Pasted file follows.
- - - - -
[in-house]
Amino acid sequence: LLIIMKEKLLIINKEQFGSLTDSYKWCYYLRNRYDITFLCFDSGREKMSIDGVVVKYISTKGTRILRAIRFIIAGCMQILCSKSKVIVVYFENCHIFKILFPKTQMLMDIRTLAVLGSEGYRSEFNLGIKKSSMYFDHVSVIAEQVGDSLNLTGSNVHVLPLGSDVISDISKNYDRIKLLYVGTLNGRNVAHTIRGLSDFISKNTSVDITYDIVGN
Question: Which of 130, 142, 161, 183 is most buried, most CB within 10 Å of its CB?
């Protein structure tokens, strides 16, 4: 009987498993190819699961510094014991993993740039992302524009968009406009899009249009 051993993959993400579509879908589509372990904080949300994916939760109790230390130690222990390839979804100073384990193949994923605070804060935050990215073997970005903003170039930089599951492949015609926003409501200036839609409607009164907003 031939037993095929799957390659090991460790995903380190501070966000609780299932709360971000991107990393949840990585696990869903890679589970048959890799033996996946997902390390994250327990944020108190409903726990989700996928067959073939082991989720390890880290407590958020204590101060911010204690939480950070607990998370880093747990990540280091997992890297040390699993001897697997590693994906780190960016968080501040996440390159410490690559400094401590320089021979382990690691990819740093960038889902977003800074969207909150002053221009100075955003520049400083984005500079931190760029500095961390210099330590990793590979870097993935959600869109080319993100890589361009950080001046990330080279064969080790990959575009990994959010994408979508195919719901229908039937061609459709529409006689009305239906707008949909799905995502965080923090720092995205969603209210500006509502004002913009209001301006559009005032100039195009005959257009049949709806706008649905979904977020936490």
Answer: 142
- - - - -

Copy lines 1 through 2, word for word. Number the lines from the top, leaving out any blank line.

[in-house]
Amino acid sequence: LLIIMKEKLLIINKEQFGSLTDSYKWCYYLRNRYDITFLCFDSGREKMSIDGVVVKYISTKGTRILRAIRFIIAGCMQILCSKSKVIVVYFENCHIFKILFPKTQMLMDIRTLAVLGSEGYRSEFNLGIKKSSMYFDHVSVIAEQVGDSLNLTGSNVHVLPLGSDVISDISKNYDRIKLLYVGTLNGRNVAHTIRGLSDFISKNTSVDITYDIVGN